Searching For Crops Long Forgotten

Phalaris Caroliniana or commonly known as maygrass is hidden among the cornfields of southeastern Arkansas. Maygrass was once a domesticated crop of indigenous people.
Photo Courtesy of Natalie Mueller

Over 2000 years ago many indigenous people living in North America were skilled at breeding and domesticating crops, such as the squash and sunflower we’re familiar with today. continue to Wisconsin Public Radio →

By Natalie Guyette
Air Date: Tuesday, March 13, 2018, 3:15pm; Tuesday, March 13, 2018, 5:15pm

Hunting for the ancient lost farms of North America

At Ash Cave in Ohio, archaeologists discovered an enormous cache of seeds from lost crops, including domesticated native goosefoot (similar to quinoa). These seeds were so far from their wild habitats that they had clearly been domesticated.

Adventurers and archaeologists have spent centuries searching for lost cities in the Americas. But over the past decade, they’ve started finding something else: lost farms. Over 2,000 years ago in North America, indigenous people domesticated plants that are now part of our everyday diets, such as squashes and sunflowers. continue reading →

The Secret Larder of Ancient America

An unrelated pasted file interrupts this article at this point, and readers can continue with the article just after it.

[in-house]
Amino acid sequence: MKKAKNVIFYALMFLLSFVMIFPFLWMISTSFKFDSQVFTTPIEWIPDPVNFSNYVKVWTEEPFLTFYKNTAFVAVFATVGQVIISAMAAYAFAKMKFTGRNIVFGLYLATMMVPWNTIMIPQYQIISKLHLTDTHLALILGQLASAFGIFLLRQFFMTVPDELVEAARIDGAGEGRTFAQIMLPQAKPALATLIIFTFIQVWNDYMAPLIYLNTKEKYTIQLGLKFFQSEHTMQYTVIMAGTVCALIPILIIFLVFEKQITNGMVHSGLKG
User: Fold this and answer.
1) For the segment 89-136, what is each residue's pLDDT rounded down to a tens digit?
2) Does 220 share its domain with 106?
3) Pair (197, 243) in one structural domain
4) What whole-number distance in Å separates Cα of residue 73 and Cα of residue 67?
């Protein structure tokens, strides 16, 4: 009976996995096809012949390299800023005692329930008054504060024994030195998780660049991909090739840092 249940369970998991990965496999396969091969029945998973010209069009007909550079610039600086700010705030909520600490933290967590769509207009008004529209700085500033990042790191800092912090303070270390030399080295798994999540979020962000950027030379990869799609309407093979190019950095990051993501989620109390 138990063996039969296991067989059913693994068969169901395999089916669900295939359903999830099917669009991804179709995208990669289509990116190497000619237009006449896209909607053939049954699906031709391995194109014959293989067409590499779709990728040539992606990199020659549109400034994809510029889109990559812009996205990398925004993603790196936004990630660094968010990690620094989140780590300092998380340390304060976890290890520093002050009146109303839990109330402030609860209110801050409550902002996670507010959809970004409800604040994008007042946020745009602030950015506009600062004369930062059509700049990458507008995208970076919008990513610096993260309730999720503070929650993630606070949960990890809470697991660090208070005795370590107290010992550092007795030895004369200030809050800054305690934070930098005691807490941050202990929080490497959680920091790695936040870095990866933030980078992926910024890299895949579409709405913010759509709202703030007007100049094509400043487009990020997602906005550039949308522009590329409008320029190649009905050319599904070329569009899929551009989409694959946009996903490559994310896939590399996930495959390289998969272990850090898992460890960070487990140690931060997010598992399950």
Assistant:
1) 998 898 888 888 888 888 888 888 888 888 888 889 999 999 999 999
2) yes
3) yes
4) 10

The lost crops of the Eastern Agricultural Complex.: a, Goosefoot (Chenopodium berlandieri). b, Sumpweed/marshelder (Iva annua). c, Little barley (Hordeum pusillum). d, Erect knotweed (Polygonum erectum). e, Maygrass (Phalaris caroliniana). Image in a courtesy of S.C.; images in b–e courtesy of N.G.M.

“There’s a fascinating paper in Nature Plants by Mueller et alGrowing the lost crops of eastern North America’s original agricultural system. When you think of Native American agriculture you probably think of maize, beans and pumpkin. What Mueller et al. look at is a much earlier agricultural system.” continue reading →

Looking to the past for solutions today

Dr. Stephen Carmody
Dr. Stephen Carmody founded the Native Cultigen Project at Sewanee: The University of the South. (Photo courtesy Stephen Carmody)

“One of the most recognized environmental crises we face is food production. Many looking for alternatives to unsustainable industrial agriculture look to methods that are just as industrialized and concentrated as current methods, which is really just making food production less unsustainable rather than really getting to the root of the problem – maize.” continue reading →